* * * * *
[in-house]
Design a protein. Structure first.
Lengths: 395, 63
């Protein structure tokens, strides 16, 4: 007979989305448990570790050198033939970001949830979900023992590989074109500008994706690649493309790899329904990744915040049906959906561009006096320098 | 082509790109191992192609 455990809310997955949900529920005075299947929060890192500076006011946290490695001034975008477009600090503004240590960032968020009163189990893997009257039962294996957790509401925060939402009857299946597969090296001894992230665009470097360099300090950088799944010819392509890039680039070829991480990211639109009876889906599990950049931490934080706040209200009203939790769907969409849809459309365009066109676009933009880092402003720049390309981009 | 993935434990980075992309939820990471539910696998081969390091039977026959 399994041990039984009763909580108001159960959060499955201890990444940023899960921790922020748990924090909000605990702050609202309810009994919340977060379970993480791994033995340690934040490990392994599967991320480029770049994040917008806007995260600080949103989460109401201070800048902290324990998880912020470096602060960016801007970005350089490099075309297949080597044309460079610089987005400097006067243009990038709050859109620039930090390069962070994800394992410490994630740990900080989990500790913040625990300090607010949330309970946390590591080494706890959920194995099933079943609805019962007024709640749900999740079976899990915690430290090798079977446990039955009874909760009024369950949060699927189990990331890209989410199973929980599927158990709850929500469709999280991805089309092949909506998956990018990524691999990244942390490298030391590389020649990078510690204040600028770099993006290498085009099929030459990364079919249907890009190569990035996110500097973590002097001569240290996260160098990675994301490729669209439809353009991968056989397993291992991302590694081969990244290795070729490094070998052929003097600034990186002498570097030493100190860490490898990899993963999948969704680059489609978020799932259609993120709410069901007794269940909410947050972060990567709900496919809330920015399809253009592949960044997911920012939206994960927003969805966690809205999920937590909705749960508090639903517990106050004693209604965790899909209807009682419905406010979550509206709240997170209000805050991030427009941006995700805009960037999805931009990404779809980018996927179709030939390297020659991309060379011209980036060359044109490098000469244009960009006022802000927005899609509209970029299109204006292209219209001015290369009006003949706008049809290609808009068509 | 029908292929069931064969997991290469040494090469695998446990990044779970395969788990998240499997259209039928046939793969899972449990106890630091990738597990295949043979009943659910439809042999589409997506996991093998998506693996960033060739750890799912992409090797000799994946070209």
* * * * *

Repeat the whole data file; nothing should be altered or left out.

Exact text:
[in-house]
Design a protein. Structure first.
Lengths: 395, 63
């Protein structure tokens, strides 16, 4: 007979989305448990570790050198033939970001949830979900023992590989074109500008994706690649493309790899329904990744915040049906959906561009006096320098 | 082509790109191992192609 455990809310997955949900529920005075299947929060890192500076006011946290490695001034975008477009600090503004240590960032968020009163189990893997009257039962294996957790509401925060939402009857299946597969090296001894992230665009470097360099300090950088799944010819392509890039680039070829991480990211639109009876889906599990950049931490934080706040209200009203939790769907969409849809459309365009066109676009933009880092402003720049390309981009 | 993935434990980075992309939820990471539910696998081969390091039977026959 399994041990039984009763909580108001159960959060499955201890990444940023899960921790922020748990924090909000605990702050609202309810009994919340977060379970993480791994033995340690934040490990392994599967991320480029770049994040917008806007995260600080949103989460109401201070800048902290324990998880912020470096602060960016801007970005350089490099075309297949080597044309460079610089987005400097006067243009990038709050859109620039930090390069962070994800394992410490994630740990900080989990500790913040625990300090607010949330309970946390590591080494706890959920194995099933079943609805019962007024709640749900999740079976899990915690430290090798079977446990039955009874909760009024369950949060699927189990990331890209989410199973929980599927158990709850929500469709999280991805089309092949909506998956990018990524691999990244942390490298030391590389020649990078510690204040600028770099993006290498085009099929030459990364079919249907890009190569990035996110500097973590002097001569240290996260160098990675994301490729669209439809353009991968056989397993291992991302590694081969990244290795070729490094070998052929003097600034990186002498570097030493100190860490490898990899993963999948969704680059489609978020799932259609993120709410069901007794269940909410947050972060990567709900496919809330920015399809253009592949960044997911920012939206994960927003969805966690809205999920937590909705749960508090639903517990106050004693209604965790899909209807009682419905406010979550509206709240997170209000805050991030427009941006995700805009960037999805931009990404779809980018996927179709030939390297020659991309060379011209980036060359044109490098000469244009960009006022802000927005899609509209970029299109204006292209219209001015290369009006003949706008049809290609808009068509 | 029908292929069931064969997991290469040494090469695998446990990044779970395969788990998240499997259209039928046939793969899972449990106890630091990738597990295949043979009943659910439809042999589409997506996991093998998506693996960033060739750890799912992409090797000799994946070209």